Steps were taken to revise the VFDMIS communications plan to permit consideration of the use in the system of standard remote terminals and AUTODIN II, the advanced automatic data digital network. The VFDMIS development team, reconstituted in fiscal year 1978 as a result of a manpower survey of the U.S. Army Computer Systems Command, established a program to train new personnel in the centralized design and structural programming to be employed in the system.

Development of the Force Development Integrated Management System (FORDIMS) also fell behind schedule because of personnel shortages and a shift of priorities. Accordingly, the Army extended its completion date to September 1979. Progress in 1978 toward this goal included completion of users guides for some of the subsystems and of training and implementation plans.

In anticipation of the completion of VFDMIS and FORDIMS, the Office of the Deputy Chief of Staff for Operations and Plans (ODCSOPS) made preparations for using the two systems in conjunction with its Structure and Composition System (SACS). ODCSOPS had established SACS for stating personnel and equipment requirements to appropriate Army agencies for use in developing budgets for personnel accession, training and distribution, equipment acquisition and distribution, and related activities. To expedite the output of SACS and increase the timeliness and accuracy of its data, ODCSOPS arranged a contract with General Research Corporation to ascertain how SACS might use VFDMIS and FORDIMS.

The wartime requirements for ammunition, materiel, and personnel (WARRAMP) study program seemed likely to produce data pertinent to VFDMIS and related Army information systems. In 1978 phase two of the study, methodology development, was completed. A start was made on system testing and an experimental production run. After this is accomplished, work will begin on producing consumption and loss factors for use in programming the Army's requirements.

The recent proliferation of systems relating to the Army's development and acquisition process, all with the goal of force modernization, has caused concern that planning and programming for placing new systems into operation might be inadequate. One obstacle faced by the major Army commands responsible for programming new systems was the lack of data upon which to base budget estimates. To overcome this handicap, the Department of the Army issued a supplement to the Preliminary Army Planning and Programing Guidance Manual


with information on support planning and programming for forty-two new systems. The supplement was further evidence of the Army's widening awareness of the need for special management for effective use of the many new systems the Army would be producing in the 1980's.

Concepts and Doctrine

As a signatory to the Geneva Conventions of 1949, the U.S. had participated in diplomatic conference negotiations during 1971-77 to consider new protocols. The conference adopted protocols on international and civil wars. Consistent with the Army's interest in whether the United States should become a party to the new protocols and what reservations or understanding might be required, in late 1977 the Army staff and the judge Advocate General's Office (JAGO) carried out substantial studies on them, including a detailed review and analysis prepared by JAGO. Following these studies, the Department of the Army concurred in the decision to sign the protocols, which the United States did on 12 December 1977.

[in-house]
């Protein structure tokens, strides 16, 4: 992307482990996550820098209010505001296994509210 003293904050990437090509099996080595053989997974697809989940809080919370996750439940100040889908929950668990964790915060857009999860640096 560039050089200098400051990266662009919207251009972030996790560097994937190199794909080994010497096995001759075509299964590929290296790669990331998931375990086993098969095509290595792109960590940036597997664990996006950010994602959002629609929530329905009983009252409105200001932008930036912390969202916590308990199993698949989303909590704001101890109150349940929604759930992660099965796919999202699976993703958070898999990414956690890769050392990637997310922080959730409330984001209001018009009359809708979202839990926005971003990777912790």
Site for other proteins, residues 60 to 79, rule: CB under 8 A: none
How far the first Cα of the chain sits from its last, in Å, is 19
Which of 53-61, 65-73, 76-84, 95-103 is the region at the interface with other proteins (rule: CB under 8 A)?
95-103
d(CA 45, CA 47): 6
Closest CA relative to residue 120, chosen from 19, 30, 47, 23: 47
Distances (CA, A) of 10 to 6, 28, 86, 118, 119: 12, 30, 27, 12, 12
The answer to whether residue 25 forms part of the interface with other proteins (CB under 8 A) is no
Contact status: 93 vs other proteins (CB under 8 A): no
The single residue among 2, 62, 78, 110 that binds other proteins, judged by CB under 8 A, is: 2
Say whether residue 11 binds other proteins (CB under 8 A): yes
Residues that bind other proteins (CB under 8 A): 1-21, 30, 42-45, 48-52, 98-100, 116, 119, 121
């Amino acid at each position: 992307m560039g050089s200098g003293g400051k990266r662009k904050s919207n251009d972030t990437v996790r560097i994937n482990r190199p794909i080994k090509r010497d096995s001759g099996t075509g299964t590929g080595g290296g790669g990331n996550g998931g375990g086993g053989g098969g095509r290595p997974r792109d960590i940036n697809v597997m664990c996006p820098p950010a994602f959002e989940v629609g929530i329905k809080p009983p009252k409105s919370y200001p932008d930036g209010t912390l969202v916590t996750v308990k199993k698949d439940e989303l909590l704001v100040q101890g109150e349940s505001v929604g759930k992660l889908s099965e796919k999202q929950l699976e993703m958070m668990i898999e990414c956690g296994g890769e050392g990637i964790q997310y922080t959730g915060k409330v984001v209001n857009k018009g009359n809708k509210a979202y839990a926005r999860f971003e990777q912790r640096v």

During fiscal year 1978 JAGO began writing a new law-of-war manual to incorporate the new protocols. The Army undertook studies to determine future training requirements relative to the protocols and changes that might be advisable in standard Army procedures. The Army continued coordinating with NATO how the protocols could best be implemented in NATO, such as by common manuals, rules of engagement, and standardization agreements. At the end of the fiscal year the Department of the Army was engaged in detailed studies on the feasibility of the new protocols in combat conditions and in preparing for U.S. Senate hearings on their ratification.

Although the 1977 conference had discussed restrictions on specific weapons, none were adopted in the new protocols. During the conference many nations had expressed the desire for negotiations to continue on prohibiting or restricting specific conventional weapons, including land mines, incendiaries, and small caliber projectiles. Accordingly, the conference recommended that the United Nations convene a separate diplomatic conference on weapons that might be excessively injurious or have indiscriminate effects. The United Nations issued a call for this conference in 1979 and held a preparatory conference in August and September 1978. Representatives of the Army's Deputy Chief of Staff for Operations and Plans, Deputy Chief of Staff for Research, Development, and Acquisition, Surgeon General, and Judge Advocate General were members of the U.S.